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Harrington v. Fairchild

Supreme Court of Minnesota
Jan 18, 1952
51 N.W.2d 71 (Minn. 1952)

Summary

concluding that validity of contracts may be challenged in declaratory-judgement action before or after breach

Summary of this case from Vogt v. Juliar

Opinion

No. 35,565.

January 18, 1952.

Declaratory judgment — proceedings — pleadings — complaint — validity of contract.

Complaint in action for a declaratory judgment alleging the existence of a contract between plaintiff and defendant calling for monthly payments by defendant; that defendant has informed plaintiff that he will make no further payments, pursuant to the contractor otherwise; that he has failed to make certain payments required under the contract; and that he has informed plaintiff that the contract is not a valid or subsisting contract held good as against a demurrer.

Action in the district court for Hennepin county for a declaratory judgment as to the validity of an alleged contract between plaintiff's deceased husband and defendant. From an order, Paul S. Carroll, Judge, overruling his demurrer to the complaint and certifying the questions presented as important and doubtful, defendant appealed. Affirmed.

Bowen Bowen, for appellant.

Covell, Root Bachelder, for respondent.



On the 18th day of January 1941, one Ralph Harrington sold to defendant, Philip Fairchild, his tailoring business in Minneapolis for the sum of $50,000. The contract of sale, designated "Bill of Sale," reads in part as follows:

"In consideration of the sum of fifty thousand ($50,000.00) dollars * * *, I, Ralph Harrington * * * hereby set over, transfer, sell and assign to Philip Fairchild * * * all my right, title and interest * * * in and to the merchant tailoring establishment owned by me individually and operated under the name 'Ralph Harrington' * * *.

* * * * *

"It is understood and agreed that the sum of fifty thousand ($50,000.00) shall bear interest at the rate of six (6%) per cent per annum from the date hereof. The purchaser, Philip Fairchild, agrees to pay said sum of fifty thousand ($50,000.00) dollars plus interest as follows:

"The sum of three hundred ($300.00) dollars to Kathryn Harrington, wife of Ralph Harrington, on the 1st day of July, 1941, and a like sum on the 1st day of each and every month thereafter until the entire sum of fifty thousand ($50,000.00) dollars plus interest has been paid. Should Kathryn Harrington die prior to the time said sum and interest has been paid in full, any balance remaining unpaid shall be credited to Philip Fairchild, and all obligations to continue said payments shall cease."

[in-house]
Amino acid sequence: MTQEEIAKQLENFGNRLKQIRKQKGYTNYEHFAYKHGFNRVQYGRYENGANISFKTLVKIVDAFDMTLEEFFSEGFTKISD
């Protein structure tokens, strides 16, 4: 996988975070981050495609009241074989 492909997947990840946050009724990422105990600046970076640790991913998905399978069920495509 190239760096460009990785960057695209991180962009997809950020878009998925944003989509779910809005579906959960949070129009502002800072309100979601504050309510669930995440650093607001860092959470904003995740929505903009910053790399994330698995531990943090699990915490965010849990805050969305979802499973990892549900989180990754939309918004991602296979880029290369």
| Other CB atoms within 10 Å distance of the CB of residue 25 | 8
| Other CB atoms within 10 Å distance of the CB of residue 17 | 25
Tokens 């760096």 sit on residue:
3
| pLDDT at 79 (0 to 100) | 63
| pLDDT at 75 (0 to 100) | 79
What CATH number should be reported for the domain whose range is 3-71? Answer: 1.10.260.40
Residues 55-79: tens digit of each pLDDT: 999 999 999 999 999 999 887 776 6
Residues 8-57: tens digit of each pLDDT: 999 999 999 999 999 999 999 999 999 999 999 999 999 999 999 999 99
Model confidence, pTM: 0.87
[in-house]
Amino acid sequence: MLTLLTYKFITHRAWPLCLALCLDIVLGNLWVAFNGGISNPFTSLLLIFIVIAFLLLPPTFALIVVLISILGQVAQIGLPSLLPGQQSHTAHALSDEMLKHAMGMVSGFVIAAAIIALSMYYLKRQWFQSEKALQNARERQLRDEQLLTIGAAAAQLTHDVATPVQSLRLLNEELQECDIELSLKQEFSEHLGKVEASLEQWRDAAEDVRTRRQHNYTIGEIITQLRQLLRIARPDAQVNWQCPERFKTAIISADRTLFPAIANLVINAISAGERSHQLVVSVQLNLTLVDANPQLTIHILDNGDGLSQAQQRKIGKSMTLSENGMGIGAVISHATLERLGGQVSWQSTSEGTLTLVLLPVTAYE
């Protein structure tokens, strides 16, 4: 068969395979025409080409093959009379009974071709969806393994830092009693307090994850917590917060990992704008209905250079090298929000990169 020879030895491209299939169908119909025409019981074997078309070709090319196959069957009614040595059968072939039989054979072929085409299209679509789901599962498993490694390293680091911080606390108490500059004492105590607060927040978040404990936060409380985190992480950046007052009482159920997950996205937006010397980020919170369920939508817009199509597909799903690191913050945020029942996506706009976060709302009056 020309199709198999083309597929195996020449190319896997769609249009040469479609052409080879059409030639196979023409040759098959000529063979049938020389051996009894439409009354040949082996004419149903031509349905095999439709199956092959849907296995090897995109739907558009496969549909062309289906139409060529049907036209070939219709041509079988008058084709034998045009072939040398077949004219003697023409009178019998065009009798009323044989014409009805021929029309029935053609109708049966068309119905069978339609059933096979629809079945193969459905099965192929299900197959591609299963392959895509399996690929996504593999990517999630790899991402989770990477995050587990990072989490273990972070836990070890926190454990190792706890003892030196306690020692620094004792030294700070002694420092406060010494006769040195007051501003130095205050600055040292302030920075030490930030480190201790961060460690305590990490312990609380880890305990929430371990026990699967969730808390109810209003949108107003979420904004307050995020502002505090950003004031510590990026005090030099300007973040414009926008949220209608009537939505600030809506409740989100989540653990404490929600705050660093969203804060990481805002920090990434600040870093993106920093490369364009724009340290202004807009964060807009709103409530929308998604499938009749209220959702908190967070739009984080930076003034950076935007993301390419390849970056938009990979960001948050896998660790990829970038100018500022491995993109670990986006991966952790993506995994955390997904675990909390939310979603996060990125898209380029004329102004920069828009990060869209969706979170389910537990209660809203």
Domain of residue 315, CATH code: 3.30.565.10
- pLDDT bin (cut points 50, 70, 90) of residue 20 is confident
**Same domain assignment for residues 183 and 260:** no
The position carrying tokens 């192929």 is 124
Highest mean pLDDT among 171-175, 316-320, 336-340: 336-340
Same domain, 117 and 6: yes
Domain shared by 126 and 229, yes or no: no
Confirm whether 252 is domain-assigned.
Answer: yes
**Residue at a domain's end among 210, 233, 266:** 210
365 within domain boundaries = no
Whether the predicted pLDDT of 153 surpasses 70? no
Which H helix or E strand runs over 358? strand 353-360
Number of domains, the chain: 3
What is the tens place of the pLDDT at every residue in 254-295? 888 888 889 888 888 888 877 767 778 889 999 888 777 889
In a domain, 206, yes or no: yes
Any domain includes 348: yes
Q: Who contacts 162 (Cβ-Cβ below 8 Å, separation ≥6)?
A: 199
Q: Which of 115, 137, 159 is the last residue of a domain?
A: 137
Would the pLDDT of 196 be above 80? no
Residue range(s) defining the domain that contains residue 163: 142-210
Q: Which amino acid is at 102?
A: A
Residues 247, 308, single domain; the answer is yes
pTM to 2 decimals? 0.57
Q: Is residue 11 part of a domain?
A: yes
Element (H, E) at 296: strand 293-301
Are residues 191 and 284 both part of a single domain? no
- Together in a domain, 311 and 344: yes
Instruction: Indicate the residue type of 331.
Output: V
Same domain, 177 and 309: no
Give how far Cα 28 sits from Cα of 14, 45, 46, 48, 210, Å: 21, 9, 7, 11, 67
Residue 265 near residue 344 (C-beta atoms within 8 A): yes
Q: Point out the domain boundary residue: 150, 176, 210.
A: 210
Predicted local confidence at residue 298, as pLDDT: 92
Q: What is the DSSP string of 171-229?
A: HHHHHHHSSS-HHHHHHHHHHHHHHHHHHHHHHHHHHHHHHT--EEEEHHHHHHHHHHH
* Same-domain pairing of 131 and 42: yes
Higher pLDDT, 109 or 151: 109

The complaint, which was served on defendant on June 13, 1949, alleges that on January 27, 1941, nine days after the execution of the contract, Harrington died. His entire estate was decreed to plaintiff, his widow. It further alleges that defendant duly paid to plaintiff $300 per month until February 1, 1949, consisting of 96 monthly installments or a total of $28,800. It further alleges that on or about December 14, 1948 —

" defendant informed the plaintiff that he would make no further payments, pursuant to said contract or otherwise, to the plaintiff, and that by reason thereof and by reason of other acts and conduct of the defendant, plaintiff alleges that said defendant has wholly repudiated said contract * * * and that in truth and in fact said defendant has failed, neglected and refused ever since the first day of January, 1949, and to the date hereof to pay to said plaintiff * * * ($300.00) per month, and that at the date hereof of [ sic] said defendant is in default in the payments required under the terms of said Exhibit 'A' [the contract] in the total sum of * * * ($1,500.00) * * *.

"That said defendant has also informed the plaintiff that said contract was not a valid or subsisting contract, and by his acts and conduct has denied that said contract was duly executed or delivered and has otherwise denied that he was under any further obligation to the plaintiff by reason of said contract or otherwise."

Plaintiff prayed judgment declaring that the contract constituted a good, valid, and subsisting contract, that defendant repudiated the contract as of February 1, 1949, and that subsequent thereto he has substantially breached the terms of the contract. Further relief, not important to the main question raised, was also asked for. In a second cause of action, plaintiff sought recovery of $1,500, the amount in which plaintiff claims she has been damaged by the breach of the contract to the date of the complaint; and an additional sum of $42,359.99 by reason of defendant's repudiation and breach of the whole contract. In the second cause of action, plaintiff realleged the allegations of the first cause of action. Defendant demurred to the two causes on the grounds that the facts stated therein do not state a cause of action and that several causes of action are improperly united. The demurrer was overruled, and the questions presented were certified as important and doubtful. Defendant appealed.

No argument has been presented by defendant on the second ground of demurrer. The sole question, then, is whether the facts set out in the complaint state a cause of action.